This joint chemical helps form cartilage and connective tissue. Chondroitin, a sugar chain, gives cartilage its cushioning. When levels diminish, generally with age, knee and hip joints lose cushioning, making certain exercises more painful.
At the moment, most people agree that glucosamine can help people with osteoarthritis who have joint pain. Some research suggests that it can protect the cartilage in the joints that is still there and help it heal. There is also evidence that a daily amount of glucosamine can help with the pain and stiffness of arthritis.
Glucosamine and chondroitin are often taken together in supplements. Glucosamine is a key component of chondroitin, making them ideal partners for cartilage repair.
In severe osteoarthritis patients, the combination appears to benefit joints. Global health bodies agree that glucosamine and chondroitin improve joint health. A 2010 study showed the combo as beneficial as prescription anti-inflammatories after two years for knee osteoarthritis. One study found that chondroitin alone improved arthritic hand joints.
Glucosamine is an absolute 'must-have' ingredient for any of the best joint supplements on the market if you want to feel an impact from adding it to your diet.
We normally associate collagen with beauty products and skincare. More commonly known for its elasticity in the skin, it is also a vital protein in connective tissues. It is a lot more common in different parts of our body than people think.
Articular cartilage, which covers the ends of bones and helps to facilitate movement, is rich in collagen. Collagen degradation has been identified as an early stage of osteoarthritis, and once collagen has been destroyed, it can be extremely challenging to restore. This emphasises the significance of preventative care in the face of the alternative of arthritic joints and surgical intervention.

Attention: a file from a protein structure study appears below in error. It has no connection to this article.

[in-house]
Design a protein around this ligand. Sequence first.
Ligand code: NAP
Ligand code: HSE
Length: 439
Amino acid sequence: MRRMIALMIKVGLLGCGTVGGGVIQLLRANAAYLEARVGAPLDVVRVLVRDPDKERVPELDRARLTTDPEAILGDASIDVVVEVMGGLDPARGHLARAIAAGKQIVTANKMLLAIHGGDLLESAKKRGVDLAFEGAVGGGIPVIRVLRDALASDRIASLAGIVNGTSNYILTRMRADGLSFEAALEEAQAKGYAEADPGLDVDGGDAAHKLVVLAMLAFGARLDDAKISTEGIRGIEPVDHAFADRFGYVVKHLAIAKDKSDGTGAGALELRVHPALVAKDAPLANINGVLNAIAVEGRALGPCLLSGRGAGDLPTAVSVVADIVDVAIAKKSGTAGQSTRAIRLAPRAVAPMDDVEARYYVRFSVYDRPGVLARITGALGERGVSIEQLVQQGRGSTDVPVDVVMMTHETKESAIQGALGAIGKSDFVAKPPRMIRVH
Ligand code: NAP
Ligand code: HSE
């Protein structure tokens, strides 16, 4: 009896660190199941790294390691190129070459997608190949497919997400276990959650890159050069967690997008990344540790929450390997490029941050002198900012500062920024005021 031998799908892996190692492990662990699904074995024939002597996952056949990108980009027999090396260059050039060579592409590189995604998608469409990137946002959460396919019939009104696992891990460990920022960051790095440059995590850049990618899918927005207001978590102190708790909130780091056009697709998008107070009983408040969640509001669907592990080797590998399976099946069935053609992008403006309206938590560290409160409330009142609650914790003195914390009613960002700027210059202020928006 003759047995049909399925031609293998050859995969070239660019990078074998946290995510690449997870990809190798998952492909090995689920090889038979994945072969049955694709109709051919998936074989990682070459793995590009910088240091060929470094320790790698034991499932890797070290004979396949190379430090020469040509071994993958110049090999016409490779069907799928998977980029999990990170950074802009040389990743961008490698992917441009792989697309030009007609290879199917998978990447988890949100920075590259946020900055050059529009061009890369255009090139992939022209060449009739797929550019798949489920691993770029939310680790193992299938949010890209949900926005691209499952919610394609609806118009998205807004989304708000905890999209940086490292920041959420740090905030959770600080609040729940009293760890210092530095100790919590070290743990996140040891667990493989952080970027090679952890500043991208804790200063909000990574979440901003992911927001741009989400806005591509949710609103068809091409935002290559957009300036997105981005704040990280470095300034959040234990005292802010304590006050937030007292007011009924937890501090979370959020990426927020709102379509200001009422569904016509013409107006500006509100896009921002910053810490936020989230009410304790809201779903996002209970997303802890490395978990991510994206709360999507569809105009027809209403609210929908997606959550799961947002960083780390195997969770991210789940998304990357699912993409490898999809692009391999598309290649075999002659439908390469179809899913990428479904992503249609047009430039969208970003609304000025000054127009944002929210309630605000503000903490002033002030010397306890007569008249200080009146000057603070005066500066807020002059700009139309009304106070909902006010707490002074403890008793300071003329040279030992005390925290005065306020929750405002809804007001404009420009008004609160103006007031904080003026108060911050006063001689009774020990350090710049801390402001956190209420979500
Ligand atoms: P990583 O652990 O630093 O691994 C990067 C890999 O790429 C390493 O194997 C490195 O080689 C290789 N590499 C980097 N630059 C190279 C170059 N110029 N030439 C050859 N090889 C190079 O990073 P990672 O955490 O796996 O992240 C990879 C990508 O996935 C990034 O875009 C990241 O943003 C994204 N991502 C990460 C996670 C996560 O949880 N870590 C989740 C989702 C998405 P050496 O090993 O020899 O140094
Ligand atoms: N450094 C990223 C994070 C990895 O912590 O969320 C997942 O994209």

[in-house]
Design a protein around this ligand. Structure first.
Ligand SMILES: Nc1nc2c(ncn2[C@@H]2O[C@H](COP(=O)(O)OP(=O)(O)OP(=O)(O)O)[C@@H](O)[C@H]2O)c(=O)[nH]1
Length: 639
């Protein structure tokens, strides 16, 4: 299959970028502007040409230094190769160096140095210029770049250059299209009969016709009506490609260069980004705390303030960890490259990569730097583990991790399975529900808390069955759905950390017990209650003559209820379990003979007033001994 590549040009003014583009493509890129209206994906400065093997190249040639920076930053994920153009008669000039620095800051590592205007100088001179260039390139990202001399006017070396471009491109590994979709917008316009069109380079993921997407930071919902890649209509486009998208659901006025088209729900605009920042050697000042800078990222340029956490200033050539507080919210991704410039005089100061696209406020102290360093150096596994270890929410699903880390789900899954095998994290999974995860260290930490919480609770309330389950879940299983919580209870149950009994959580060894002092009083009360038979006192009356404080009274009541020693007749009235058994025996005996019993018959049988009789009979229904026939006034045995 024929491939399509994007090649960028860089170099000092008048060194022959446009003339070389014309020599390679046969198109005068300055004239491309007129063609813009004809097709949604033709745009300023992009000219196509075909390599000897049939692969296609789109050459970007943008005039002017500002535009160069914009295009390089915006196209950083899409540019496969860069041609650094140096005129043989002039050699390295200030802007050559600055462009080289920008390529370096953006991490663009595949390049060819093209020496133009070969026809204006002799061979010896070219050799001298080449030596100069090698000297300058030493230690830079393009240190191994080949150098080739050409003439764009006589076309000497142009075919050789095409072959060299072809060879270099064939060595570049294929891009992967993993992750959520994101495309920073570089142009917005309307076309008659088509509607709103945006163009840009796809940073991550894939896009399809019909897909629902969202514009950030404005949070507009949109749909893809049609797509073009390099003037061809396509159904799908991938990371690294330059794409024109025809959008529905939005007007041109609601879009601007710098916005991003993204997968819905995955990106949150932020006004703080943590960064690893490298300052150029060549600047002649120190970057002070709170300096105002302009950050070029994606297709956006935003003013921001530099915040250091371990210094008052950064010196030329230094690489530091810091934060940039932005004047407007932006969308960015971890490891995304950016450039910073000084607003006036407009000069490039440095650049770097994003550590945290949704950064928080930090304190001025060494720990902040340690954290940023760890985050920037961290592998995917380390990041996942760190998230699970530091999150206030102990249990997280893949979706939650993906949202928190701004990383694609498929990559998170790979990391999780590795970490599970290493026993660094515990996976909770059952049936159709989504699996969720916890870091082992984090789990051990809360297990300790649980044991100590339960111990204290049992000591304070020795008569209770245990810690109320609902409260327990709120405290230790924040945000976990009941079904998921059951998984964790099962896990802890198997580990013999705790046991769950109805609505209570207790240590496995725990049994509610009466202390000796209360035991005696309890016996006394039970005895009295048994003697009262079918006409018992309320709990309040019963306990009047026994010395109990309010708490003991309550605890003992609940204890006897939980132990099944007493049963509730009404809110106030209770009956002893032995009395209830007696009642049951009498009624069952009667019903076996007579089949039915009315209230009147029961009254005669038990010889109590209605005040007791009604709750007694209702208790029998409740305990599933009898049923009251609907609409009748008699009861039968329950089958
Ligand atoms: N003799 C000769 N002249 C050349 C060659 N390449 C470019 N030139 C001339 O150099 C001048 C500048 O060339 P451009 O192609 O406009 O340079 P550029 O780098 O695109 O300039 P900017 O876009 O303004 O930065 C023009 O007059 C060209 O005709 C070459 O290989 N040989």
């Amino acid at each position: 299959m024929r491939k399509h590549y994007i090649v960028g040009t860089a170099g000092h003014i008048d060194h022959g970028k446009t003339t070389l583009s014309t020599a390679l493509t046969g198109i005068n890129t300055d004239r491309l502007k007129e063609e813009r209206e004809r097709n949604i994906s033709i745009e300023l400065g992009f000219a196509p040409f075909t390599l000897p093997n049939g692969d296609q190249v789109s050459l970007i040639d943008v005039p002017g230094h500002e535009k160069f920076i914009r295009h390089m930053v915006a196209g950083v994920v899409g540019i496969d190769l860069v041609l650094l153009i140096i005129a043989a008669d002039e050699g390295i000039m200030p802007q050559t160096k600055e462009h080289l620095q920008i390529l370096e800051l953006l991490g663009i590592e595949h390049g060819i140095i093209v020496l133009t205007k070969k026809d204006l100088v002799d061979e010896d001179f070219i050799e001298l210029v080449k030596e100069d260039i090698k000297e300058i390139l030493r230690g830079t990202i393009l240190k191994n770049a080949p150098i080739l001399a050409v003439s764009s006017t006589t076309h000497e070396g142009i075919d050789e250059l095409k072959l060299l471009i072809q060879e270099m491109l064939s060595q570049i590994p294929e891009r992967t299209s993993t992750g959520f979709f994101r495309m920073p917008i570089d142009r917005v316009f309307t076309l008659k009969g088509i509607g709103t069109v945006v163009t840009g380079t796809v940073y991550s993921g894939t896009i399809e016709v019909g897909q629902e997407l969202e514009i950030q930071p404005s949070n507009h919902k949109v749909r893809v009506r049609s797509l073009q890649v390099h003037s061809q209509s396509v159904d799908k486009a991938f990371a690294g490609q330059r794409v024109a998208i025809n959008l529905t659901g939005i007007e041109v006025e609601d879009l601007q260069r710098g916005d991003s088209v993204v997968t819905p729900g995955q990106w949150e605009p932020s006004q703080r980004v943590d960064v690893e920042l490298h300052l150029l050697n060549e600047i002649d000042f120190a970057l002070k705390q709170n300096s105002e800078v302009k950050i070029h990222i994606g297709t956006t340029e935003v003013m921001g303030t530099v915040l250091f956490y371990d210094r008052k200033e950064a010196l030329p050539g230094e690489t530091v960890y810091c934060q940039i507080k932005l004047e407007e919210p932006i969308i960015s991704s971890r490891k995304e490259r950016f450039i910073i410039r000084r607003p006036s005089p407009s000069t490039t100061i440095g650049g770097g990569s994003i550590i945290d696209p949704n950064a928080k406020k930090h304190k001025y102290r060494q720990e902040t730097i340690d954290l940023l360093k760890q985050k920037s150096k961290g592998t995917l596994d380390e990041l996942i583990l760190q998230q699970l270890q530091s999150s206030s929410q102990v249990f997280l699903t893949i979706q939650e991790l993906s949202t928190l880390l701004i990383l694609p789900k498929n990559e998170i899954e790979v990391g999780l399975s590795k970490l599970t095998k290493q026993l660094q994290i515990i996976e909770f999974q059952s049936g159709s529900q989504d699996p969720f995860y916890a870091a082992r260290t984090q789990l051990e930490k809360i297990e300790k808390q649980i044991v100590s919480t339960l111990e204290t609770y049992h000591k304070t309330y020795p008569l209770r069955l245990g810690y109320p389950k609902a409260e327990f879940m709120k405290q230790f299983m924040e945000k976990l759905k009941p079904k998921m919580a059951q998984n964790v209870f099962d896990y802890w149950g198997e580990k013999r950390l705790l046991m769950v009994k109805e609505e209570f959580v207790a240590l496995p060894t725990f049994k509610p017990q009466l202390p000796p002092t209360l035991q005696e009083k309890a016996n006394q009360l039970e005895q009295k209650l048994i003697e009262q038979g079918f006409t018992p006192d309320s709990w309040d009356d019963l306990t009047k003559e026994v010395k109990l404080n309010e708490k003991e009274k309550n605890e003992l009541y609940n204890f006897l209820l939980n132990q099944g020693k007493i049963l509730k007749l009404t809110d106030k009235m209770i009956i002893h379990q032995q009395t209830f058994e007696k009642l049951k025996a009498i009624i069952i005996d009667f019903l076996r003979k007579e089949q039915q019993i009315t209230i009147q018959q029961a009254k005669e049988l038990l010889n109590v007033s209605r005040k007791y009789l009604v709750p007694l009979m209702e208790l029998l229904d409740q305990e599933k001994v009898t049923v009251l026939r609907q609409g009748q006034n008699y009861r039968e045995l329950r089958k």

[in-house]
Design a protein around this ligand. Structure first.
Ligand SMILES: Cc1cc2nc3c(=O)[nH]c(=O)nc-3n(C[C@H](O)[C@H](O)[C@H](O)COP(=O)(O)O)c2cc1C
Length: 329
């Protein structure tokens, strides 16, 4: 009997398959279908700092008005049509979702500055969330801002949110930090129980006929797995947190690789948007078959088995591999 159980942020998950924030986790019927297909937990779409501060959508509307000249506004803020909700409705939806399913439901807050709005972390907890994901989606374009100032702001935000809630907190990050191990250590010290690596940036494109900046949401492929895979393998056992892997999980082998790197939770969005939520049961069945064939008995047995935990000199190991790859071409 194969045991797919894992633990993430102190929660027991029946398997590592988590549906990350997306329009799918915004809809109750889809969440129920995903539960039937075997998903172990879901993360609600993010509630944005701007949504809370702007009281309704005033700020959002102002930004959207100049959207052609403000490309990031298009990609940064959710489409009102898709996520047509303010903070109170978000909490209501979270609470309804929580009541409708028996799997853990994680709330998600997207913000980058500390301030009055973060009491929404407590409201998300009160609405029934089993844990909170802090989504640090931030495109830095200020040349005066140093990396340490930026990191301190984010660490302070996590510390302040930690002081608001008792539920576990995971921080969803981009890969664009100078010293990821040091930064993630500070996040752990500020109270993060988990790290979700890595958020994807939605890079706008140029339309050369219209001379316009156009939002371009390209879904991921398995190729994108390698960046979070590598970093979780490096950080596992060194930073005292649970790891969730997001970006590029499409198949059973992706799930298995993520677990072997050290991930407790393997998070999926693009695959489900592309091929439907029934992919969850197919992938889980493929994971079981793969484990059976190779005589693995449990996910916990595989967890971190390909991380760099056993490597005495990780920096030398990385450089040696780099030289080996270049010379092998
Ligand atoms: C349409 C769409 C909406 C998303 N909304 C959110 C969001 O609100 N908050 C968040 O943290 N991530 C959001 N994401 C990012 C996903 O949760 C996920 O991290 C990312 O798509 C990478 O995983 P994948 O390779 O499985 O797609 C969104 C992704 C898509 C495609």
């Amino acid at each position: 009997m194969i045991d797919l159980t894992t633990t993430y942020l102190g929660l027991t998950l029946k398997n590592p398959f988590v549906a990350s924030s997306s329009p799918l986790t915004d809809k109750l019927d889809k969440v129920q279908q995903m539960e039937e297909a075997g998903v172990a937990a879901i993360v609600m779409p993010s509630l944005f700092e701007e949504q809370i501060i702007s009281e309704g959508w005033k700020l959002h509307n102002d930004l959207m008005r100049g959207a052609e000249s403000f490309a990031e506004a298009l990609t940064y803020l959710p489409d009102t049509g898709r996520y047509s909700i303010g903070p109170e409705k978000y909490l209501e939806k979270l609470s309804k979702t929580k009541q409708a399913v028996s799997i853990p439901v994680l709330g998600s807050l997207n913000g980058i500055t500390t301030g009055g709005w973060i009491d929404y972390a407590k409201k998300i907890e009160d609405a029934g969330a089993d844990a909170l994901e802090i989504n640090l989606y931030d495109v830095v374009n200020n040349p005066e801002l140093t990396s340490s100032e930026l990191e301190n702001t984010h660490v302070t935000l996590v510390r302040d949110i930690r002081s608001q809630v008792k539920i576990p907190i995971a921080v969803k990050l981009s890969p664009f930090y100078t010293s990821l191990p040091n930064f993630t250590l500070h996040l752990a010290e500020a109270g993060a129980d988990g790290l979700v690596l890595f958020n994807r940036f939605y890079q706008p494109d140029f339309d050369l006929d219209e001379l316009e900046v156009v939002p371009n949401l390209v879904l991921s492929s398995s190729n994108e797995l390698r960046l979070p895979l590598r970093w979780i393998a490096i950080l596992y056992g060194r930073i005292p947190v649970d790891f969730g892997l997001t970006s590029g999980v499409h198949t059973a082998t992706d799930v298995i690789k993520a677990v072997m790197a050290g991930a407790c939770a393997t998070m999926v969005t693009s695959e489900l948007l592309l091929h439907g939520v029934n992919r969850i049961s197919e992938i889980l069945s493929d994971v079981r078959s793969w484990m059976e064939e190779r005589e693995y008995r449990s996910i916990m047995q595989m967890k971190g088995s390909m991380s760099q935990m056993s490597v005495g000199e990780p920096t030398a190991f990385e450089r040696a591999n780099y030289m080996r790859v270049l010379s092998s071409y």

The best supplements for cartilage
Physio Flex Pro’s formula uses lab-tested A-1 grade ingredients which are carefully extracted compounds from natural sources. We’ve made sure to include a healthy amount of Chondroitin sulphate and glucosamine to help with protecting your cartilage from decreasing over time.
The full formula breakdown includes:
- Glucosamine HCL: 500mg
- Chondroitin Sulfate: 100mg
- Bromelain (Ananas comosus) 300mg
- Ginger Extract (std. to contain 5% Gingerols) : 250mg
- Turmeric Extract (std. to contain 95% curcuminoids) : 250mg
- Methylsulfonylmethane (MSM) : 100mg
- Selenium (as Selenium Citrate) : 200mcg
- Bioperine (Black Pepper Extract) : 10mg
What do you need to consider before choosing a cartilage supplement?
Make sure the supplement you choose contains Chondroitin sulphate and glucosamine. These are the building blocks of healthy joint cartilage. You can also take daily collagen, Vitamin D and K to help strengthen your cartilage if your body is deficient in them.